Software simulation and emulation are valuable tools in creating a “functionally accurate” implementation of the design. For all intents and purposes, the software design and the emulation act like the hardware design by producing the same outputs given the inputs as the real hardware.

However, both have a limitation as they don’t perform at the same speed of the hardware. In the case of software simulation, it’s often exponentially slower. As a result, it’s advisable to utilize a prototype to gather actual performance data to validate the design.

8. Customers won’t accept a prototype.

Customers have a financial interest in delivering products to meet selling cycles. Using consumer PCs as an example, customers have key selling periods in which they sell the bulk of their volumes. To help them in their developments, semiconductor manufacturers typically provide customers with pre-production samples that increase in functionality as the part gets closer to the production release. These “prototypes” are very important for the customer platform development efforts.

9. It’s hard to debug a working prototype.

As processors have become more complex with higher transistor counts and three-dimensional structures, debugging can be a challenge whether it’s a prototype or the final product. Fortunately, failure-analysis tools and workflows are available that support debugging both types.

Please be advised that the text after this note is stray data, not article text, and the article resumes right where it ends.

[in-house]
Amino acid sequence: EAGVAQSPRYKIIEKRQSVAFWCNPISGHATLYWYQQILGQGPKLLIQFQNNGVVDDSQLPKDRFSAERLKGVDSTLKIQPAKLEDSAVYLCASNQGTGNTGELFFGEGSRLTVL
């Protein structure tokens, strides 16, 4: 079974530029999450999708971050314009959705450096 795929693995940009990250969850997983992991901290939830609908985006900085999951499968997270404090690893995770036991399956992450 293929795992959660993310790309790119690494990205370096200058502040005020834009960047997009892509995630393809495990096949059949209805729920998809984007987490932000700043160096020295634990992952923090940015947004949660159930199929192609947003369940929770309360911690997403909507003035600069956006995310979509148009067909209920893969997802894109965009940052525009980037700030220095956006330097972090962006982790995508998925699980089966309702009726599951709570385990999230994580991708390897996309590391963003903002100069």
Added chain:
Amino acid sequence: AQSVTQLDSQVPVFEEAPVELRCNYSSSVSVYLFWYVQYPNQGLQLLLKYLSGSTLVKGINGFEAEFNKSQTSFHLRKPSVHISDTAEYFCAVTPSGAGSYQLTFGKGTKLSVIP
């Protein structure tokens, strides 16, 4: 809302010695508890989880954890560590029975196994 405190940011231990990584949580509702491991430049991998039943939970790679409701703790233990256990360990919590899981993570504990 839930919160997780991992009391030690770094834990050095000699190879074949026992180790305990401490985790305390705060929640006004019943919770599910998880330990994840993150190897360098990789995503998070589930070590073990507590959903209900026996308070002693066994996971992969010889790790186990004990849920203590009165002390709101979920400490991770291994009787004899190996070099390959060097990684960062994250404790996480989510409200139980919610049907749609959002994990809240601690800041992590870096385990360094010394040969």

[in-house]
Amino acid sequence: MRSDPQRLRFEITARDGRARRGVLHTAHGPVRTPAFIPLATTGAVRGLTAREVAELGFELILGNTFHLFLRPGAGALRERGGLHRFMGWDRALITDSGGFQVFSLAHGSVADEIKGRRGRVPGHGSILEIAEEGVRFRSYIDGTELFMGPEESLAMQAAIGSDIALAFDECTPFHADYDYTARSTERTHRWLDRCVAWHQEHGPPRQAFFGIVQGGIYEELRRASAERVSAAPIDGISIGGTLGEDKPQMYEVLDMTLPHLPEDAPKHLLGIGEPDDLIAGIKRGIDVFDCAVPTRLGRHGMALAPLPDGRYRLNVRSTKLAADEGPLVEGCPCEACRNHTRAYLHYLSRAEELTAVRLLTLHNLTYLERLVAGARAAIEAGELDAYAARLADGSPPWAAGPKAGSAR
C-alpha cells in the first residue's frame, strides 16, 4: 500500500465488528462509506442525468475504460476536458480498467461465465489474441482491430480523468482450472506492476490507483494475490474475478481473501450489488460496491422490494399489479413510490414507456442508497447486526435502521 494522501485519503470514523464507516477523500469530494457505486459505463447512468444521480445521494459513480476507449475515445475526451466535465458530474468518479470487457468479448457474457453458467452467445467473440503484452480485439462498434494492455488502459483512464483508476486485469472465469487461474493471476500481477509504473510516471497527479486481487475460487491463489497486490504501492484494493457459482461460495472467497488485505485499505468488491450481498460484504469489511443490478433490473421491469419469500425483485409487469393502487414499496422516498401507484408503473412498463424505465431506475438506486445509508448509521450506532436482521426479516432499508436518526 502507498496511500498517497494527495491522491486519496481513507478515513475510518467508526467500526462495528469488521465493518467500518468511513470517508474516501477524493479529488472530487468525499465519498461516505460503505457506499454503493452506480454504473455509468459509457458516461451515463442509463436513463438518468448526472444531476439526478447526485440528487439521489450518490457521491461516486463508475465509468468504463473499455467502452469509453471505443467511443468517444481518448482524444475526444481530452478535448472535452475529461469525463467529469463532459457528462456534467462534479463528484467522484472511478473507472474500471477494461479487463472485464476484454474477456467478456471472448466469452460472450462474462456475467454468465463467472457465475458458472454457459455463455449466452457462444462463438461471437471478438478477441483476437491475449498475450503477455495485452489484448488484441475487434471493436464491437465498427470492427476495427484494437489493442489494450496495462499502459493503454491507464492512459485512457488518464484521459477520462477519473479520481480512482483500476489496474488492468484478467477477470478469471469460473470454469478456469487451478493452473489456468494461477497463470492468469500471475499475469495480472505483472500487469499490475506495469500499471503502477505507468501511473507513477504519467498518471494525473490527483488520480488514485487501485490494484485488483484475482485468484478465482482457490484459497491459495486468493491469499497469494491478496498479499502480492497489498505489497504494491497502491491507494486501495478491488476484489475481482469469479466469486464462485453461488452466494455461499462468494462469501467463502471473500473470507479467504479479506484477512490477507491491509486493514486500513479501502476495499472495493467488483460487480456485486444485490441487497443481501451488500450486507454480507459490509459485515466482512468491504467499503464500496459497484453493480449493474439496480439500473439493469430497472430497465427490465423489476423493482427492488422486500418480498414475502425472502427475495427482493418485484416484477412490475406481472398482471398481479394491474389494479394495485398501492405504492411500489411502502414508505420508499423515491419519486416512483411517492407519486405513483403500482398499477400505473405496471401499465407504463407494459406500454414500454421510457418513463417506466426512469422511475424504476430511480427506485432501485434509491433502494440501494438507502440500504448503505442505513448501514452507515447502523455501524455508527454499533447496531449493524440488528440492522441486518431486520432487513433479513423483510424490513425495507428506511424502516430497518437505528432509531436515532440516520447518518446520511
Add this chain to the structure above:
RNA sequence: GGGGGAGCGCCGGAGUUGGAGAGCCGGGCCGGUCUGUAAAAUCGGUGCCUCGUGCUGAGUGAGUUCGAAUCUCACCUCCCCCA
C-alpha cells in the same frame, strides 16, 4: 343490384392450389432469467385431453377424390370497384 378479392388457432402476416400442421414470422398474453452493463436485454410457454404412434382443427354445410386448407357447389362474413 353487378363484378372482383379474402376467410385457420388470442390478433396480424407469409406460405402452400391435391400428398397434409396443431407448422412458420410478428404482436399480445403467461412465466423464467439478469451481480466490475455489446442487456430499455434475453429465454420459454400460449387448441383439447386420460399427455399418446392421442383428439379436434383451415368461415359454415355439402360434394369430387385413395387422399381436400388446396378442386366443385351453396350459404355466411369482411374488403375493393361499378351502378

These include thermal and optical fault isolation, sample prep, scanning and transition electron (S/TEM) imaging, and circuit-edit solutions that enable fault localization, root cause analysis, and even repair. Tools such as the Thermo Scientific ELITE and Meridian Systems, Helios 5 DualBeam, and Centrios Circuit Edit can help users overcome the challenges of debugging.

10. Firmware and software development require 100% functional parts.

The importance of software and firmware can’t be understated in delivering the final product and a working system. While it’s great to have 100% functionality, it’s not practical to wait until full functionality exists. For example, when a project I was involved in was behind schedule in getting to A0 silicon, prototypes were developed to enable the BIOS development. By providing the BIOS team with pre-A0 prototypes, the program was able to achieve power on, in time.

11. Prototyping isn’t necessary. I’ve done this before.

With years of experience, many design engineers have accumulated an impressive number of methods to overcome design challenges. Often, these known methods are beneficial in delivering functional devices.

However, with new architectures and processes, tried-and-true approaches may not work the first time out of the gate. When this occurs, trial and error is required to overcome new technical challenges and a prototype, or the ability to rapidly prototype is necessary to validate implementations.